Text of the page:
As the far-right opposition is taking over the government and taking down symbols of the Indigenous flag that Evo Morales represented, protests in the streets are taking a new violent turn.
Police and military patrols are taking over the streets of the Bolivian capital on Tuesday, shortly after ousted President Evo Morales landed in Mexico, where he was granted political asylum.
The national police has been reportedly been setting up barricades in the streets in order to block the way for the Indigenous protesters marching in La Paz and Cochabamba.
REVELADOR VIDEO !— Oswaldo Rivero (@mangozurda) 11 de noviembre de 2019
Policia Nacional de Bolivia se prepara ante la avanzada en la Paz de la marcha indígena
La marcha se dirige hacia el ministerio de la defensa, ya fueron superadas las fuerzas policiales en el alto y el movimiento popular controla el territorio#EvoEsPueblo pic.twitter.com/aktkFhMqHm
In a video published by far-right media outlet El Deber, police chief of Cochabamba province Jaime Zurita encouraged the opposition to join the patrols and barricades.
Ayamara Indigenous protesters marched from the neighborhood of El Alto, shouting "Ahora Si Guerra Civil" ("Civil War It Will Be Then"), responding to what they felt were provocative supporters burning the Indigenous whipala flags amid racist slurs.
Violent clashes with indigenous protesters were reported at dawn, with at least six citizens were shot, around 30 people were injured and a girl was rescued by anti-coup protesters.
Policemen have also posted videos on social media where they cut off the whipala flag from their uniforms.
"Entering the Government's Palace with a Bible and a letter in the hand to kneel down before the cameras without any popular vote as legitimacy is a fascist and coup-plotter move," said María Galindo, founder of the feminist collective Mujeres Creando, referring to opposition Luis Fernando Camacho and presidential candidate for the opposition Carlos Mesa.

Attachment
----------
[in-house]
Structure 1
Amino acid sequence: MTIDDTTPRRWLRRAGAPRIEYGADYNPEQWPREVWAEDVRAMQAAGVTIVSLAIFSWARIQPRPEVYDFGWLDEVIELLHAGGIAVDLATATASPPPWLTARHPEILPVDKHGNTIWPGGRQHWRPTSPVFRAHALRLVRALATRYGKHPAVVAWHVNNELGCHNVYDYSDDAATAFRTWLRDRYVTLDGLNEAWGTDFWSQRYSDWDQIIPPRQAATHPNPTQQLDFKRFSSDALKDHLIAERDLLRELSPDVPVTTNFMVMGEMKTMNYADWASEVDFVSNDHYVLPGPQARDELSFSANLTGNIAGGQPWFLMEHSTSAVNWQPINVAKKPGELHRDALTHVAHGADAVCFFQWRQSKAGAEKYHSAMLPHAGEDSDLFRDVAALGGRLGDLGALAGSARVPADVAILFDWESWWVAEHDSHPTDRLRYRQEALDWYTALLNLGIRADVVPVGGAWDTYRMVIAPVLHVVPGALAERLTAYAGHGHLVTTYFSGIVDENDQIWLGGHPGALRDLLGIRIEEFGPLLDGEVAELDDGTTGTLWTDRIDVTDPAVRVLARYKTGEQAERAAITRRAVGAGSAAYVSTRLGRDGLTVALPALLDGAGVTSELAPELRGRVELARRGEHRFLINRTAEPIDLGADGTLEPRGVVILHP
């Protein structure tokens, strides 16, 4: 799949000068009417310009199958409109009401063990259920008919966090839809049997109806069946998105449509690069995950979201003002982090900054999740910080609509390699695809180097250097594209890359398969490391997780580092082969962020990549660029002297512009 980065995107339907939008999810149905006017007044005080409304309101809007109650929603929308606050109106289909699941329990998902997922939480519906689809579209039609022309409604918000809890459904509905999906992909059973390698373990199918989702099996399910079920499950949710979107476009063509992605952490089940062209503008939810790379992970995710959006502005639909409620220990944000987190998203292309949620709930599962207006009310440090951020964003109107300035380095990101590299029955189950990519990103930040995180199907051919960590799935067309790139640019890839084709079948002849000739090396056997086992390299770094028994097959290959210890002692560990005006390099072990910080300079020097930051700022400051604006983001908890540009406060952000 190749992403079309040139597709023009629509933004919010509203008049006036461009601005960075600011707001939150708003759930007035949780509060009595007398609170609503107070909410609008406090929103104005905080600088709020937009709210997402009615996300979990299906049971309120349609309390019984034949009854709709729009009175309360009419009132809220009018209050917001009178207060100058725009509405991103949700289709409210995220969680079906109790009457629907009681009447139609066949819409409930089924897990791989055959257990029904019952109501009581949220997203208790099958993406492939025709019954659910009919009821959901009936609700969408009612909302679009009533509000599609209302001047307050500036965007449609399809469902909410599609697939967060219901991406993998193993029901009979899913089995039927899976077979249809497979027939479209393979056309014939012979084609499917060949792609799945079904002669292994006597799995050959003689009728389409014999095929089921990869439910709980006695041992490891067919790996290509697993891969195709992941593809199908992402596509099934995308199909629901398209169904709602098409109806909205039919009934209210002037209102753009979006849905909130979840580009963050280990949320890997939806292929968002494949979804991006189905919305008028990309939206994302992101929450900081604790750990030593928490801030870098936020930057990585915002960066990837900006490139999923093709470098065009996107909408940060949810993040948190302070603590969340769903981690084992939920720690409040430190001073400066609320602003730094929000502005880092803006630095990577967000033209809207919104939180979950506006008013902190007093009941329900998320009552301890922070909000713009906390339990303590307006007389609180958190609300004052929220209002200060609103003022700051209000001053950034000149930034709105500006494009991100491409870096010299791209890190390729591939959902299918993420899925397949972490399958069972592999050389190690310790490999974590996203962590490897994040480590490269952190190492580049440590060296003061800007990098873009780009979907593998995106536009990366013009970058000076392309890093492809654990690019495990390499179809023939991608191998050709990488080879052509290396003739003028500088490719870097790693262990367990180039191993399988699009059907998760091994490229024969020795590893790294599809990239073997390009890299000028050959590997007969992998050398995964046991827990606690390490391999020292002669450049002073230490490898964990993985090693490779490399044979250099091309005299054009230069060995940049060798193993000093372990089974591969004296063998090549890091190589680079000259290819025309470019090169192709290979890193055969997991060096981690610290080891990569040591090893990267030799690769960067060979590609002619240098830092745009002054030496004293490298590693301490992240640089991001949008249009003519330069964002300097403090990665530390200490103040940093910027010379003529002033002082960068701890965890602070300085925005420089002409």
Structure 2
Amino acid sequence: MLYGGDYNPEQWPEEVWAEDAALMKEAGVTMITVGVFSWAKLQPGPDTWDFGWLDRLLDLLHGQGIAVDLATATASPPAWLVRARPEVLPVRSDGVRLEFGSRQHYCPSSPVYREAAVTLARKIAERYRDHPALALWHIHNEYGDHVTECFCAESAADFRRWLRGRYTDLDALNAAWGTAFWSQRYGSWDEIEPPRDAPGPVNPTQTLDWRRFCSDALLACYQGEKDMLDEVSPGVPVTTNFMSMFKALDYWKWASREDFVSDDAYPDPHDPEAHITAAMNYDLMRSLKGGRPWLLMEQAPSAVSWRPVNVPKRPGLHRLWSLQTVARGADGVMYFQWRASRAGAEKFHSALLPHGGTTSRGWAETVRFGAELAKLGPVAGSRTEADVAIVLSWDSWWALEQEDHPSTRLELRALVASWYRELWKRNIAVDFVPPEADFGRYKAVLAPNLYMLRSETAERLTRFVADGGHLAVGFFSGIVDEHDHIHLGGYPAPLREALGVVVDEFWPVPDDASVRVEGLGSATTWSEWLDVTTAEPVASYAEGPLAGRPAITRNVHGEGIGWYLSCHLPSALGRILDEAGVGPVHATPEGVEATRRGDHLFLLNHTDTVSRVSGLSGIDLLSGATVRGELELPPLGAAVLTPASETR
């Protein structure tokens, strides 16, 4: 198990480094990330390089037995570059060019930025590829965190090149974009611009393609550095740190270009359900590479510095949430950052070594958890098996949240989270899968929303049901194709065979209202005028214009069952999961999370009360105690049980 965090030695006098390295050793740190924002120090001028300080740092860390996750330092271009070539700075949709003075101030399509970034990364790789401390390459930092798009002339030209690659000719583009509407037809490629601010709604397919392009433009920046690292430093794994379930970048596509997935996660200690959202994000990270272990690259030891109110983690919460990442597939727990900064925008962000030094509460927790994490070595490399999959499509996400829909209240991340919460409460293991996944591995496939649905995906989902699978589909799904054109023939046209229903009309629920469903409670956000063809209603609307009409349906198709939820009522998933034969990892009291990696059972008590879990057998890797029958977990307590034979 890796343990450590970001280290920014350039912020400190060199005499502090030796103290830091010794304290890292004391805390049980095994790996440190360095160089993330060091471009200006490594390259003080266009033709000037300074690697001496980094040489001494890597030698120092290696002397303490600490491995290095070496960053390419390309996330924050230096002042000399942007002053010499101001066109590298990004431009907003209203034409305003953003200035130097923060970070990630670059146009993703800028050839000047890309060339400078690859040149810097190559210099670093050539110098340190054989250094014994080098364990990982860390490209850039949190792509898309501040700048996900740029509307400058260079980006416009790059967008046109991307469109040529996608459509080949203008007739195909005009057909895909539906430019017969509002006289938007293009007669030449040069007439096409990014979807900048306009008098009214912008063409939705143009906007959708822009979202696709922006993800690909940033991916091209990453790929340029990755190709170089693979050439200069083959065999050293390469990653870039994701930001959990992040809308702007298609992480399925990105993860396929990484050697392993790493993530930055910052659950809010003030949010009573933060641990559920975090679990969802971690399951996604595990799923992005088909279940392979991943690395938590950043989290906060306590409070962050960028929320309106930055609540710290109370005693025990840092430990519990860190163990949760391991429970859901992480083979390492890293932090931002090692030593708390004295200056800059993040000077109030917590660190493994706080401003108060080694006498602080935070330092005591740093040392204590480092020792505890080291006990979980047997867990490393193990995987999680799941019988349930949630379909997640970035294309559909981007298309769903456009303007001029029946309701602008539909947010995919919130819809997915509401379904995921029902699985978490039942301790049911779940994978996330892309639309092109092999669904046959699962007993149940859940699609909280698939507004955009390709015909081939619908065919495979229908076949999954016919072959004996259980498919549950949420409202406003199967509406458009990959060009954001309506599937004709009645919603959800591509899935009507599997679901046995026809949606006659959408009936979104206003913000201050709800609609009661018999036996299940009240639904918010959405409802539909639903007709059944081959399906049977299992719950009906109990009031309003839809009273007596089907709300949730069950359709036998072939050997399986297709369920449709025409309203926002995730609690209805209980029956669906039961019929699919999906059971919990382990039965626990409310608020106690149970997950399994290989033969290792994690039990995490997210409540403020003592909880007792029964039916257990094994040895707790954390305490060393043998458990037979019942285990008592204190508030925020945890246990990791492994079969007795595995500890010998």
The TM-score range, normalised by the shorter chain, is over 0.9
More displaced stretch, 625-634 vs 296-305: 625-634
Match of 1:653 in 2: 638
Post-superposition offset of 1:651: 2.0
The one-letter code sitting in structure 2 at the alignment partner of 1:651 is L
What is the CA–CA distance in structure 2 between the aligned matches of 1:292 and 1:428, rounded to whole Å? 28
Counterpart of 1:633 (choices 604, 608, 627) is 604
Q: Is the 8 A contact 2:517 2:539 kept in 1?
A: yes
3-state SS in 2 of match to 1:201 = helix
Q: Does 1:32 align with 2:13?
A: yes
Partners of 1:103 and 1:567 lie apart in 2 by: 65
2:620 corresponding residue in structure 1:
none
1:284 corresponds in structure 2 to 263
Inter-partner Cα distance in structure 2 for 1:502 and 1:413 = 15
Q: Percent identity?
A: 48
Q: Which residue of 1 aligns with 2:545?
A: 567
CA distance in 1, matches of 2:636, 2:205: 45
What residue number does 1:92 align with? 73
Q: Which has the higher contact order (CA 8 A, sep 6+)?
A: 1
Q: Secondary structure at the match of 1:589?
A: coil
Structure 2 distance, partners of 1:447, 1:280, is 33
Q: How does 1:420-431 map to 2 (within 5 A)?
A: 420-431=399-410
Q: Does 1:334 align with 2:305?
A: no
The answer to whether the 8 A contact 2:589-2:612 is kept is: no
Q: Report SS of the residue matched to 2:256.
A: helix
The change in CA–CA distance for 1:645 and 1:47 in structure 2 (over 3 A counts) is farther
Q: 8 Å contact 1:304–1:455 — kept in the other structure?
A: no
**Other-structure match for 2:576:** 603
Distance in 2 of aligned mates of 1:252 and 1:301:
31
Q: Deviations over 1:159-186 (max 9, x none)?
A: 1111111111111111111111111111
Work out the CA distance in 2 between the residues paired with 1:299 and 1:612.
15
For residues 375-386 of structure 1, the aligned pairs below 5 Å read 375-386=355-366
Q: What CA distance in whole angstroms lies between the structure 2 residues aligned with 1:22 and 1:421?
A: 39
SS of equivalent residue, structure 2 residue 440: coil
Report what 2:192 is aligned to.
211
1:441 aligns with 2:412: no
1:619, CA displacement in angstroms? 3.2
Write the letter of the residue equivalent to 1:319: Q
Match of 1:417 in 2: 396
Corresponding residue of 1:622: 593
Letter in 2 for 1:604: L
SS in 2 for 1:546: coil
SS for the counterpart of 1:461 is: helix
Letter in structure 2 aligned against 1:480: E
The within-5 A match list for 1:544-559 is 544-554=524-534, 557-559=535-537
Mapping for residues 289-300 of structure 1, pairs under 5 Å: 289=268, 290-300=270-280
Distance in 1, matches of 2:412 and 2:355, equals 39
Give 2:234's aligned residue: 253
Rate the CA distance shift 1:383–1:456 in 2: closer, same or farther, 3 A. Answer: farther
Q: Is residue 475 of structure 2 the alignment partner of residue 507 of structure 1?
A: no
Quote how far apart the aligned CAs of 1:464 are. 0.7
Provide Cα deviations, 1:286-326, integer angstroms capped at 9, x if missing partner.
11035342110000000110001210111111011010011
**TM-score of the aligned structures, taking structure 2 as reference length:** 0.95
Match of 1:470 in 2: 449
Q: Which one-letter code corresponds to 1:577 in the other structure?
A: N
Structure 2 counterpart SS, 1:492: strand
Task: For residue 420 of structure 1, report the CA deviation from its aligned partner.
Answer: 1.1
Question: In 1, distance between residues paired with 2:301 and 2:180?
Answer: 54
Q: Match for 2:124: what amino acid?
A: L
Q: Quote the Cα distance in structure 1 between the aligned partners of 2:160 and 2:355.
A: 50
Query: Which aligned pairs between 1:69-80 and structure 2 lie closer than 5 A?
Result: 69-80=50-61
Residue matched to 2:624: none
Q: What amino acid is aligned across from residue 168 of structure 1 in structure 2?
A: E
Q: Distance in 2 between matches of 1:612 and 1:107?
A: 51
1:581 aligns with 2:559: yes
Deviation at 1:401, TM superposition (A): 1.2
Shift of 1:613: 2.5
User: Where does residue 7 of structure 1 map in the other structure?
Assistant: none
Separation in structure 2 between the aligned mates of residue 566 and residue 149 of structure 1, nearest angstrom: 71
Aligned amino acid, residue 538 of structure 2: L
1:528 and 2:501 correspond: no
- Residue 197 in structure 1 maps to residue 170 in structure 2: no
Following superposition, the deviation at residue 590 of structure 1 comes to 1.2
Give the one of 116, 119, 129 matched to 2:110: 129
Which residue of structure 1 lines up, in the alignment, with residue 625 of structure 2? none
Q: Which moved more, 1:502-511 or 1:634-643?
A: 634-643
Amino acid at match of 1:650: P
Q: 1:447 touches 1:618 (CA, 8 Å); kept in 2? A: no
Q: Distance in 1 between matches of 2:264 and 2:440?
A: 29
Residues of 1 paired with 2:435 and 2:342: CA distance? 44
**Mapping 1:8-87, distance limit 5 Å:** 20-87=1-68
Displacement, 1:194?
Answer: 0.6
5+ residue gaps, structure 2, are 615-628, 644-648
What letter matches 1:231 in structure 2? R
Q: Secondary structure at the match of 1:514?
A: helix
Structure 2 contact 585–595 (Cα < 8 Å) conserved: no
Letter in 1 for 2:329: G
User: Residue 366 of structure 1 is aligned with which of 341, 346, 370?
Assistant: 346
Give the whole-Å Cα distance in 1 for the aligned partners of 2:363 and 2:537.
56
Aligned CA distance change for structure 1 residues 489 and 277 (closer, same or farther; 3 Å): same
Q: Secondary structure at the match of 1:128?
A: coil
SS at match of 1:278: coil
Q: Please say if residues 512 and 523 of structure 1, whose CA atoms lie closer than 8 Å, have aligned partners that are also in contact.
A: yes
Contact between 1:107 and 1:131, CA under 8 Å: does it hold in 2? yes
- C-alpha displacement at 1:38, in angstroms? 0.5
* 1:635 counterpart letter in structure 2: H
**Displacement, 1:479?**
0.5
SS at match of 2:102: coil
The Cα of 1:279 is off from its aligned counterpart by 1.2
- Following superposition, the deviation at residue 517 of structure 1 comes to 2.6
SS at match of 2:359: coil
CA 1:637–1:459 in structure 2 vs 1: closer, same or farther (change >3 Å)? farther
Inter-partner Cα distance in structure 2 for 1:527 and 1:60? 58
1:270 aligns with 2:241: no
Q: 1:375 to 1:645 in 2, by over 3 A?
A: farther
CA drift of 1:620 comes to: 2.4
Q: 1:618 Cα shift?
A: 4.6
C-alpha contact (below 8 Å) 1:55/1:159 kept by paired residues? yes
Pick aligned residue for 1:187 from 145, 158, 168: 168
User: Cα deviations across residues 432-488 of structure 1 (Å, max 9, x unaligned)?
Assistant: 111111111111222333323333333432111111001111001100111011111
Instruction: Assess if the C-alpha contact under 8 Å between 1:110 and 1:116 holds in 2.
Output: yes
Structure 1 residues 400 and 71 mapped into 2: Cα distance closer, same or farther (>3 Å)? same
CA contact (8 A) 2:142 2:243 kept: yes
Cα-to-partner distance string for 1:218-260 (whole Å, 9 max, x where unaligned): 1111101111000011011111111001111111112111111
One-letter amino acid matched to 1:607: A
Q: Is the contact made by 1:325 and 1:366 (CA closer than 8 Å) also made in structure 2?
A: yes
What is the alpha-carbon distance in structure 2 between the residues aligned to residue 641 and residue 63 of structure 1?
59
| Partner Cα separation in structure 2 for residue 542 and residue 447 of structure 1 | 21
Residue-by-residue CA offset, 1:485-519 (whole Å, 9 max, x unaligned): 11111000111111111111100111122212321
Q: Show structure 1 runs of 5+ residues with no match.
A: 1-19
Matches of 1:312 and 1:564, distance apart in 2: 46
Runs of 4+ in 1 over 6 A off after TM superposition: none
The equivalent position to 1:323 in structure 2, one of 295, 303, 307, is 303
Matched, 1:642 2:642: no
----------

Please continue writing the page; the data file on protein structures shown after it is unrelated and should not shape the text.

"Burning the homes of government officials from the cabinet of Evo Morales is fascism, as well as burning the home of the head of public university Waldo Albarracin by Morales' supporters," she added in a column published in Argentine news outlet La Vaca, warning about an atmosphere of vendetta in the country.
In a communique released on Monday, the military High Command announced the beginning of operations meant to "protect essential public services" as well as "to guarantee peace and stability in the country."
Indigenous leaders and social activists denounced that the Police have joined the coup, which is being supported by former commander Yuri Calderon who publicly threatened to arrest MAS supporters.
In Bolivia, military forces have not been deployed for public order tasks since October 2003, when they defended the pro-market President Sánchez de Lozada, resulting in at least 77 deaths and 400 injured.